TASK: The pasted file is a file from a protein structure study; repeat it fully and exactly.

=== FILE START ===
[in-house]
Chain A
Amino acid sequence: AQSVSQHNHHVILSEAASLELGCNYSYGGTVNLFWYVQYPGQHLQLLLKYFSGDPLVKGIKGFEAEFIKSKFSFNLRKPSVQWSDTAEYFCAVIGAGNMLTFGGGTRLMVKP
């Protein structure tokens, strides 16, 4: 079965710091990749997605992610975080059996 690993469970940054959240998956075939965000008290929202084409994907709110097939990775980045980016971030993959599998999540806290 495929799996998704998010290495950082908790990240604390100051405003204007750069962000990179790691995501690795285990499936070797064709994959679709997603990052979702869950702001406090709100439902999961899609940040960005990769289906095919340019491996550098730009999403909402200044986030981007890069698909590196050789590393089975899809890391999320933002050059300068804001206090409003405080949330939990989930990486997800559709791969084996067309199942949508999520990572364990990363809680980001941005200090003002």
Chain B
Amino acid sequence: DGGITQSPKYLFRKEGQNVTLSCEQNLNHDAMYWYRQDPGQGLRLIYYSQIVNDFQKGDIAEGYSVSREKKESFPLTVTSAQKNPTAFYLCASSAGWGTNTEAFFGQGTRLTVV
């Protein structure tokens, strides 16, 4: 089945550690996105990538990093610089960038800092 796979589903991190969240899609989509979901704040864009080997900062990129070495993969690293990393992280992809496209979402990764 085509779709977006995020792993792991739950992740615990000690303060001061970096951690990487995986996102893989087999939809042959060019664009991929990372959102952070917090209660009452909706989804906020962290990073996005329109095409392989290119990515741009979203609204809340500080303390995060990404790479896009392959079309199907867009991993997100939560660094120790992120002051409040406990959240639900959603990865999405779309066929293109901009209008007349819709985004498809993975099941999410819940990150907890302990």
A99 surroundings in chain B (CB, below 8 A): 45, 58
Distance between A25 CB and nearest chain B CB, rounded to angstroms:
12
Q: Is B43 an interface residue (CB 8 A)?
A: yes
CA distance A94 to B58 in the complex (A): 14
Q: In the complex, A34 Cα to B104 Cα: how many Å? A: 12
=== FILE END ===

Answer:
[in-house]
Chain A
Amino acid sequence: AQSVSQHNHHVILSEAASLELGCNYSYGGTVNLFWYVQYPGQHLQLLLKYFSGDPLVKGIKGFEAEFIKSKFSFNLRKPSVQWSDTAEYFCAVIGAGNMLTFGGGTRLMVKP
């Protein structure tokens, strides 16, 4: 079965710091990749997605992610975080059996 690993469970940054959240998956075939965000008290929202084409994907709110097939990775980045980016971030993959599998999540806290 495929799996998704998010290495950082908790990240604390100051405003204007750069962000990179790691995501690795285990499936070797064709994959679709997603990052979702869950702001406090709100439902999961899609940040960005990769289906095919340019491996550098730009999403909402200044986030981007890069698909590196050789590393089975899809890391999320933002050059300068804001206090409003405080949330939990989930990486997800559709791969084996067309199942949508999520990572364990990363809680980001941005200090003002």
Chain B
Amino acid sequence: DGGITQSPKYLFRKEGQNVTLSCEQNLNHDAMYWYRQDPGQGLRLIYYSQIVNDFQKGDIAEGYSVSREKKESFPLTVTSAQKNPTAFYLCASSAGWGTNTEAFFGQGTRLTVV
């Protein structure tokens, strides 16, 4: 089945550690996105990538990093610089960038800092 796979589903991190969240899609989509979901704040864009080997900062990129070495993969690293990393992280992809496209979402990764 085509779709977006995020792993792991739950992740615990000690303060001061970096951690990487995986996102893989087999939809042959060019664009991929990372959102952070917090209660009452909706989804906020962290990073996005329109095409392989290119990515741009979203609204809340500080303390995060990404790479896009392959079309199907867009991993997100939560660094120790992120002051409040406990959240639900959603990865999405779309066929293109901009209008007349819709985004498809993975099941999410819940990150907890302990």
A99 surroundings in chain B (CB, below 8 A): 45, 58
Distance between A25 CB and nearest chain B CB, rounded to angstroms:
12
Q: Is B43 an interface residue (CB 8 A)?
A: yes
CA distance A94 to B58 in the complex (A): 14
Q: In the complex, A34 Cα to B104 Cα: how many Å? A: 12